Some Fridays, he heads to the Catholic Charities Dorothy Day Center in St. Paul to help serve meals and talk to the people who drop by.

Most days “there isn’t a whole lot of leisure time,” admits Archbishop Nien­stedt, who will mark one year as leader of the archdiocese on May 2. He spoke with The Catholic Spirit recently about his time in the archdiocese and his hopes for the future.

Keeping pace

After Archbishop Harry Flynn’s retirement last year and auxiliary Bishop Richard Pates’ appointment last April to the Diocese of Des Moines, Iowa, Archbishop Nienstedt has had to shoulder a demanding ministry load.

But he has kept pace with the parish and school visits he initiated when he was first appointed as coadjutor archbishop in April 2007. So far, Archbishop Nienstedt has been to 107 of the archdiocese’s 216 parishes, all 14 of its Catholic high schools and 56 of 97 Catholic elementary schools, as well as a host of other Catholic facilities and agencies.

He said the visits have been one of the joys of shepherding this archdiocese, along with celebrating confirmations — he has 37 of them this year, and during the Easter season he typically is confirming youth three or four times a week.

“For me, these are great family celebrations,” Archbishop Nienstedt said. “But more than that, since we ask most of our confirmation candidates and their sponsors to come to the cathedral [in St. Paul] and the basilica [in Minneapolis], they really are ecclesial celebrations as well. I think that’s a good thing because being confirmed should be more than being confirmed in the faith of this parish, this local community. It’s really being confirmed in the wider church.”

The chrism Mass, at which the oils that are used for the sacraments throughout the year are blessed, was also a great source of joy, Archbishop Nienstedt said.

“We had over 200 priests there. We had over 200 seminarians there. It was just very, very impressive,” Archbishop Nienstedt said about the March 31 Mass. “The presence of so many deacons, religious women, confirmation candidates and catechumens, as well as those candidates who were going to be fully received into the church at the Easter Vigil, it was all so overwhelming. I got goose bumps during the ceremony and especially afterward when I started calling these different groups to stand up.”

Challenges along the way

Archbishop Nienstedt said he also has had to confront some challenges along the way, especially those related to the transition of leaving the smaller Diocese of New Ulm to come to the much larger archdiocese.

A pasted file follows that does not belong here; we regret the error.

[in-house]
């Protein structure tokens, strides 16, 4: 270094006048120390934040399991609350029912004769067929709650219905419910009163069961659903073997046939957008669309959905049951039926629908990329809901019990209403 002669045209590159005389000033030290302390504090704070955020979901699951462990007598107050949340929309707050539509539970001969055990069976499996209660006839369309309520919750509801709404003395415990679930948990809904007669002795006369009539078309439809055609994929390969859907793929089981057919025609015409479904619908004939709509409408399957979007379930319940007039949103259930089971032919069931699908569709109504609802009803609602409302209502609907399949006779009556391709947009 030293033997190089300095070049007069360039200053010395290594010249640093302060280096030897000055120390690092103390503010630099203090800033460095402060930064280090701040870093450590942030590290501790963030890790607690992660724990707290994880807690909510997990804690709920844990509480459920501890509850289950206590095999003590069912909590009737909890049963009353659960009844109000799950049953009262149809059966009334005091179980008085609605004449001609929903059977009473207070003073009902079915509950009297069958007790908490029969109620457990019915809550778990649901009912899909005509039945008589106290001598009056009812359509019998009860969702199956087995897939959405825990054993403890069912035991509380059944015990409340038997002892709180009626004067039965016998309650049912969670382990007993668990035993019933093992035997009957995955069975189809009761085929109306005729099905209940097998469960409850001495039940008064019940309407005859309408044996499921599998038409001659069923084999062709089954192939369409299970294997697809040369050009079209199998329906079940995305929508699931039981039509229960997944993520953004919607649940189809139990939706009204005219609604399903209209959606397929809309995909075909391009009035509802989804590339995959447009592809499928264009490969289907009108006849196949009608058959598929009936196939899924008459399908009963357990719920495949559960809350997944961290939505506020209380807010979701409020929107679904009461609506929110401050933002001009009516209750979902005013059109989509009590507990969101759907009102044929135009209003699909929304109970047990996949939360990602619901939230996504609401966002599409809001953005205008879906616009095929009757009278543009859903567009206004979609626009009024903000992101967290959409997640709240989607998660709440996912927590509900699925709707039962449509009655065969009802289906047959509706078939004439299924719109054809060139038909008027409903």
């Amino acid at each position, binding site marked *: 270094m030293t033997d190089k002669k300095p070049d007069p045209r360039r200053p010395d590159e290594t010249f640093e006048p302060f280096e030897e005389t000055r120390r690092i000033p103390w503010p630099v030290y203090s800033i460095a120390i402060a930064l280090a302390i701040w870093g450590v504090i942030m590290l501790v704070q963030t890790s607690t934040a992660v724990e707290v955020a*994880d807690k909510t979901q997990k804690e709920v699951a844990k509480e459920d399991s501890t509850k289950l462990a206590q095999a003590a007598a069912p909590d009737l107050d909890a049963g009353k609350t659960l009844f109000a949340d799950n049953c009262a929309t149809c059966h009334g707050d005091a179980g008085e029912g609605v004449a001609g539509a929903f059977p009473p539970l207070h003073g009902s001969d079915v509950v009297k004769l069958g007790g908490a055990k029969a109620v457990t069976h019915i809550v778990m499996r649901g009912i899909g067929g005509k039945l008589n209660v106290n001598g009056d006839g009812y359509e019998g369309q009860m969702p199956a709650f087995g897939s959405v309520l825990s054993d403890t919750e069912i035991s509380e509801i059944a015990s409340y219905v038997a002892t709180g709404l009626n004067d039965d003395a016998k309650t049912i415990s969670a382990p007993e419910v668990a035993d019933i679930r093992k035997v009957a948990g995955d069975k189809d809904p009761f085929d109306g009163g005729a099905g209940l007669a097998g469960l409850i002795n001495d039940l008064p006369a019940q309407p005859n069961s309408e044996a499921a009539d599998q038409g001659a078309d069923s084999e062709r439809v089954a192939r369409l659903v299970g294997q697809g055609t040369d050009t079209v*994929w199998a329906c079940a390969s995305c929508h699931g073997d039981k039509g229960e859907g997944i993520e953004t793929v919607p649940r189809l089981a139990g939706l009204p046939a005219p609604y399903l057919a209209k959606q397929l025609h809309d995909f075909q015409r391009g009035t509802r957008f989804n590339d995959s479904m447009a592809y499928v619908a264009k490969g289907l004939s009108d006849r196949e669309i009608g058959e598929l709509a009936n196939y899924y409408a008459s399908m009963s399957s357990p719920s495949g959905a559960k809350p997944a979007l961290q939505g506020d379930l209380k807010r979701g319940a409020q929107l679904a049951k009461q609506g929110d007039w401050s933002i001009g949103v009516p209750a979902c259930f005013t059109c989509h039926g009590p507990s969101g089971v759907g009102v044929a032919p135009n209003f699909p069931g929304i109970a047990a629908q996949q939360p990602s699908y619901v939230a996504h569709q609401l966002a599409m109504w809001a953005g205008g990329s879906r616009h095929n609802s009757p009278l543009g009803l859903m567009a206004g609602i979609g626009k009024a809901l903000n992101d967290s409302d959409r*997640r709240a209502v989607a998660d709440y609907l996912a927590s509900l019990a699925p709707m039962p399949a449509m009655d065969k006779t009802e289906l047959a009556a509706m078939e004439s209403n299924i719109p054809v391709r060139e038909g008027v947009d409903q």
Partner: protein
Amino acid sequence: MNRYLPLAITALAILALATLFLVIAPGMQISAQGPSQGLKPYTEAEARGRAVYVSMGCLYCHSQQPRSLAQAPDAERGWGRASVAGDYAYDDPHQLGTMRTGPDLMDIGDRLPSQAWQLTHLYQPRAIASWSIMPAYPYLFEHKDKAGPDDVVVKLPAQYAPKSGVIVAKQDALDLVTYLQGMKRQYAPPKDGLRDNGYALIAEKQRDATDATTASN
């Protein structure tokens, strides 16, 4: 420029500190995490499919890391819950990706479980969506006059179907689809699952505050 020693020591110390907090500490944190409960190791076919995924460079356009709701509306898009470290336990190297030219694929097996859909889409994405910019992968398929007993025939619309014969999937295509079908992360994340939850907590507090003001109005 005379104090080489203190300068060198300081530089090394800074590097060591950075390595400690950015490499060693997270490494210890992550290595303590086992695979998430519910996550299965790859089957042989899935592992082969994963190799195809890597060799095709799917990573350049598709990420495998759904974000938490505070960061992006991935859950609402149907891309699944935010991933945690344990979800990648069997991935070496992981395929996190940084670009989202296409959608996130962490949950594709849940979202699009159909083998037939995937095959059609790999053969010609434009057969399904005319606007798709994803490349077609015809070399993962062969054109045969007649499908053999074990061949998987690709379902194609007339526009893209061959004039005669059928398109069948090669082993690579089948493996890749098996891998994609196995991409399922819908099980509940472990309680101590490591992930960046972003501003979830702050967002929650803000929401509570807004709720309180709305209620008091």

“I would say one of the biggest accomplishments is just surviving the e-mails,” he said. “I used to get e-mails in New Ulm, but nothing to the extent I get here.”

The archbishop said he also had to overcome negative media publicity after his arrival. And then he had to cope with the death of both of his parents in the course of six weeks in late 2007 and early 2008.

“Change is always difficult for people when you introduce a new person into a situation,” Archbishop Nienstedt said. “And obviously, having been here for 13 years, Archbishop Flynn was a very successful pastor of this local church. And so I had some pretty big shoes to fill.”

But, Archbishop Nienstedt added, “I feel much more at home, and I think people are getting to know me better.”

One of the constant questions Archbishop Nienstedt said he received when he first arrived in the archdiocese was: “What is your agenda?” It was a question to which he took exception, he said, because “I don’t feel a bishop coming into a diocese should have his own agenda.”

A bishop’s agenda, he said, should be the church’s agenda — preaching the Word, celebrating the sacraments, caring for the poor.

But bishops do set priorities.

One of Archbishop Nienstedt’s priorities is the Strategic Task Force for Parish and School Planning, which will deliver recommendations to him in 12 to 18 months after gathering input from across the archdiocese. The archbishop wrote about the work of the task force in his March 26 column in The Catholic Spirit.

“We’ve had significant demographic changes,” he said. “We’ve had changes in our resources, particularly in our personnel resources. So we have to take a look at this.”

Having overseen the formation of a plan for parishes in the Diocese of New Ulm, however, Archbishop Nienstedt said he comes to the archdiocesan planning process not with fear and trepidation, but hope and expectation.

“I think it can be done, and it can be done well,” he said. “But obviously the biggest thing is it’s a collaborative process. My mantra in New Ulm was: Let’s build on our strengths and not duplicate our efforts.”